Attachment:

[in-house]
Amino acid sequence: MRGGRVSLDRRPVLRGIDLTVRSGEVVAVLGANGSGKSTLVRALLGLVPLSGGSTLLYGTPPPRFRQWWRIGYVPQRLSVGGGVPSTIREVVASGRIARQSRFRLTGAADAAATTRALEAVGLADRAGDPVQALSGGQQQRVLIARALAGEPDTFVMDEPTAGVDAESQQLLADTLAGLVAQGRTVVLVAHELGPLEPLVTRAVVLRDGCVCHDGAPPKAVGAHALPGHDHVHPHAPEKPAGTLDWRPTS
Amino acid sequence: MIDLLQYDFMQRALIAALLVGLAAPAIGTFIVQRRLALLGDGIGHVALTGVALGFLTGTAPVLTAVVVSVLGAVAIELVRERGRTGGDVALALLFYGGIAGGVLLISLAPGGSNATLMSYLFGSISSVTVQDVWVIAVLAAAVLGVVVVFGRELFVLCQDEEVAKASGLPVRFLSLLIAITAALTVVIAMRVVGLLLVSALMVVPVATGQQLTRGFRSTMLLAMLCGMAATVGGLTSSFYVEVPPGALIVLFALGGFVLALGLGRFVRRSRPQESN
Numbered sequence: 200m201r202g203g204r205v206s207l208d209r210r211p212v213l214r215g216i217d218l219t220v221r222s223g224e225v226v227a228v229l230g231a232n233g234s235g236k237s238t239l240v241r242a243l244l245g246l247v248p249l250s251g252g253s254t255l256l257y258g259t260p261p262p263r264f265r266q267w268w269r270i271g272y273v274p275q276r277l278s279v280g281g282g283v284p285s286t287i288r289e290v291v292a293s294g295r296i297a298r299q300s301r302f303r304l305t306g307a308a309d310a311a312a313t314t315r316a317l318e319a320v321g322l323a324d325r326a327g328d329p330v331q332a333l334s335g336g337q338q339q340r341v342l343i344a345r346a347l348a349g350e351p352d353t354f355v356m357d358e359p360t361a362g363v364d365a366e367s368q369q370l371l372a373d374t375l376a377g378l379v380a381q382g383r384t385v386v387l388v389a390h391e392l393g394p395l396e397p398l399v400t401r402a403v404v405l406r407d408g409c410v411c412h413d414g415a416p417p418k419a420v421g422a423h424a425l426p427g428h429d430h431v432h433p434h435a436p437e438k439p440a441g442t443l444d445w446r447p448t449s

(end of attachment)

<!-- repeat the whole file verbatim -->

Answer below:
[in-house]
Amino acid sequence: MRGGRVSLDRRPVLRGIDLTVRSGEVVAVLGANGSGKSTLVRALLGLVPLSGGSTLLYGTPPPRFRQWWRIGYVPQRLSVGGGVPSTIREVVASGRIARQSRFRLTGAADAAATTRALEAVGLADRAGDPVQALSGGQQQRVLIARALAGEPDTFVMDEPTAGVDAESQQLLADTLAGLVAQGRTVVLVAHELGPLEPLVTRAVVLRDGCVCHDGAPPKAVGAHALPGHDHVHPHAPEKPAGTLDWRPTS
Amino acid sequence: MIDLLQYDFMQRALIAALLVGLAAPAIGTFIVQRRLALLGDGIGHVALTGVALGFLTGTAPVLTAVVVSVLGAVAIELVRERGRTGGDVALALLFYGGIAGGVLLISLAPGGSNATLMSYLFGSISSVTVQDVWVIAVLAAAVLGVVVVFGRELFVLCQDEEVAKASGLPVRFLSLLIAITAALTVVIAMRVVGLLLVSALMVVPVATGQQLTRGFRSTMLLAMLCGMAATVGGLTSSFYVEVPPGALIVLFALGGFVLALGLGRFVRRSRPQESN
Numbered sequence: 200m201r202g203g204r205v206s207l208d209r210r211p212v213l214r215g216i217d218l219t220v221r222s223g224e225v226v227a228v229l230g231a232n233g234s235g236k237s238t239l240v241r242a243l244l245g246l247v248p249l250s251g252g253s254t255l256l257y258g259t260p261p262p263r264f265r266q267w268w269r270i271g272y273v274p275q276r277l278s279v280g281g282g283v284p285s286t287i288r289e290v291v292a293s294g295r296i297a298r299q300s301r302f303r304l305t306g307a308a309d310a311a312a313t314t315r316a317l318e319a320v321g322l323a324d325r326a327g328d329p330v331q332a333l334s335g336g337q338q339q340r341v342l343i344a345r346a347l348a349g350e351p352d353t354f355v356m357d358e359p360t361a362g363v364d365a366e367s368q369q370l371l372a373d374t375l376a377g378l379v380a381q382g383r384t385v386v387l388v389a390h391e392l393g394p395l396e397p398l399v400t401r402a403v404v405l406r407d408g409c410v411c412h413d414g415a416p417p418k419a420v421g422a423h424a425l426p427g428h429d430h431v432h433p434h435a436p437e438k439p440a441g442t443l444d445w446r447p448t449s